LOS ANGELES -- Davante Adams already had it figured out in his head exactly how the Green Bay Packers would engineer the game-winning drive and hand the Los Angeles Rams their first loss of the season.
He and Aaron Rodgers just needed the ball.
Much to their dismay, they never got it.
Ty Montgomery fumbled the kickoff on a play that was never supposed to happen after the Rams had gone up 29-27 with 2 minutes, 5 seconds to play.
That's because Montgomery, the Packers' backup running back, was supposed to take a knee after catching the ball 2 yards deep in the end zone.
"The plan there is to stay in the end zone," Packers coach Mike McCarthy said. "... But that's what those games comes down to. There's decisions and Ty's in that decision situation, and I'm sure Ty was trying to make a play.
"So, I don't know exactly how deep he was, if it was close. But I think we all realize with the management of the clock and where we wanted to be there, we wanted to be north of two minutes with the one timeout. We wanted to put the ball in Aaron's hands. But you also trust your players -- tough decisions, close decisions -- and like I said, I think Ty was just trying to make a play."
Montgomery declined to talk to reporters after the game.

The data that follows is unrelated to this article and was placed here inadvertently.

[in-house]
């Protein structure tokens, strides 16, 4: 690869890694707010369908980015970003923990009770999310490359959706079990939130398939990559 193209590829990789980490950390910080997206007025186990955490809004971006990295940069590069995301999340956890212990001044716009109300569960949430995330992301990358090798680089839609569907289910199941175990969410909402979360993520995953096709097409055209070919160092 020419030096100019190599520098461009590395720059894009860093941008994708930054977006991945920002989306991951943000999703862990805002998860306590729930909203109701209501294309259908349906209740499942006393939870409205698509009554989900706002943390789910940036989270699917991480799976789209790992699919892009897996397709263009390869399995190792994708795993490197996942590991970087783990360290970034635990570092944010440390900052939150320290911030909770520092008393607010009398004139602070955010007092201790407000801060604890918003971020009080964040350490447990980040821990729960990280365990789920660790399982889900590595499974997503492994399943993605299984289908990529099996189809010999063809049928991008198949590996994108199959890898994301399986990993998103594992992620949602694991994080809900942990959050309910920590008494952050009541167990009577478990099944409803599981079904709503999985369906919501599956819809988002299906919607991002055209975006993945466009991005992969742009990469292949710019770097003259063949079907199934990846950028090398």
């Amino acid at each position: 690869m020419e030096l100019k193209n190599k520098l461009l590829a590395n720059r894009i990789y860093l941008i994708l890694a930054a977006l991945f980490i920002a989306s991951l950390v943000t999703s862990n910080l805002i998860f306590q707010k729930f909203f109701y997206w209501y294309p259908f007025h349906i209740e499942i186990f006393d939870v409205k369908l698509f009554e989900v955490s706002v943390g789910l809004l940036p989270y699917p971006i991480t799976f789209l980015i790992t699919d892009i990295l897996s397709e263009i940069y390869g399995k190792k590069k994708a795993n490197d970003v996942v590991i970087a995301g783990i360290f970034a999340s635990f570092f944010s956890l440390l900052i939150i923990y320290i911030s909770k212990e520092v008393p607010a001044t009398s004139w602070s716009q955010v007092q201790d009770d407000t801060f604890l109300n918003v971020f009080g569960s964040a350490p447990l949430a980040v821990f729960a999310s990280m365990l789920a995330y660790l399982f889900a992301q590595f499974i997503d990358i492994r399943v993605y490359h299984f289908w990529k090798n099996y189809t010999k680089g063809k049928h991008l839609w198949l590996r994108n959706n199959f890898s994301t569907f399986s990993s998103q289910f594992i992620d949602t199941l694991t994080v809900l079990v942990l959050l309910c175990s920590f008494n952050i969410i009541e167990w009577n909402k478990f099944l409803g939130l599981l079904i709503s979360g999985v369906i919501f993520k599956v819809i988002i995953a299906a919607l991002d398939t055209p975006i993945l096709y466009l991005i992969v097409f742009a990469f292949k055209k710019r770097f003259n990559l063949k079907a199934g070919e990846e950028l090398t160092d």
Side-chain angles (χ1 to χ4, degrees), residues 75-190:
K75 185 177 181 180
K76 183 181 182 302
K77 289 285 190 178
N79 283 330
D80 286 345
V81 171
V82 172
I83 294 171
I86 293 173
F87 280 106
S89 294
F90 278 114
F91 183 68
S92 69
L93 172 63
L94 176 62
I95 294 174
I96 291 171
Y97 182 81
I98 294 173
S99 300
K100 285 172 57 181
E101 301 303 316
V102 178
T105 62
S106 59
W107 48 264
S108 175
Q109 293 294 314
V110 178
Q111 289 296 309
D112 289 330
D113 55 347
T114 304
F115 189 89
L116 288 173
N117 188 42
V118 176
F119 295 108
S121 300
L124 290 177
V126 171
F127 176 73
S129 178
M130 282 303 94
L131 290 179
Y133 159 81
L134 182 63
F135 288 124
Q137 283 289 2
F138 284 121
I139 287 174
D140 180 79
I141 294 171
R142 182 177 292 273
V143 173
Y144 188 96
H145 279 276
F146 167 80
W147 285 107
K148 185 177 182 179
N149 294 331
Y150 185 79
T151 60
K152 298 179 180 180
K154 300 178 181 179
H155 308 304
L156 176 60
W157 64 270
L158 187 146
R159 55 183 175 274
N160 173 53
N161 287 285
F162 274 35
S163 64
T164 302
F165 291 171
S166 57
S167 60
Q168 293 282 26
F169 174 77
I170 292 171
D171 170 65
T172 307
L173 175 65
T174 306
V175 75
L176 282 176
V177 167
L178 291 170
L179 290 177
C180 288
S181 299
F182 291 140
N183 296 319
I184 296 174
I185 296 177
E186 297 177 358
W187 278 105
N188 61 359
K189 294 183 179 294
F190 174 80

"How much do I feel for him?" Adams said, repeating the question. "Obviously, he's not trying to fumble the ball, but you've got to be smart in situations like that. I know he'll learn from it, but at the same time that doesn't change what happened today."
Rodgers had huddled with Adams and the rest of the Packers' receivers on the sideline to formulate a plan for the two-minute drive when Montgomery fumbled with 1:56 remaining. The Rams recovered and ran out the clock.
"The game was won," said Adams, who caught five passes for 133 yards. "I already worked out in my head how everything was going to happen. All we needed was the ball. It's disappointing. Our defense played a great game against a tough offense, but at the same time we've got to finish."
Rodgers engineered last-second drives to beat the Chicago Bears in the season opener and the San Francisco 49ers on Oct. 15.
"Yeah, very disappointed," Rodgers said when asked for his reaction to not getting the ball back. "That play didn't lose the game, but it definitely took away an opportunity for us to go down and win it."
Although Montgomery has experience as a return man, he's not the Packers' primary kick returner. That would have been Trevor Davis, but he was placed on injured reserve last month with a hamstring injury.
Davis is eligible to return if the Packers want to use one of their two spots on it.
The Packers once cut a kickoff returner the day after a fumble in a loss. It was in 2013 when they dumped receiver Jeremy Ross after a fumbled kickoff.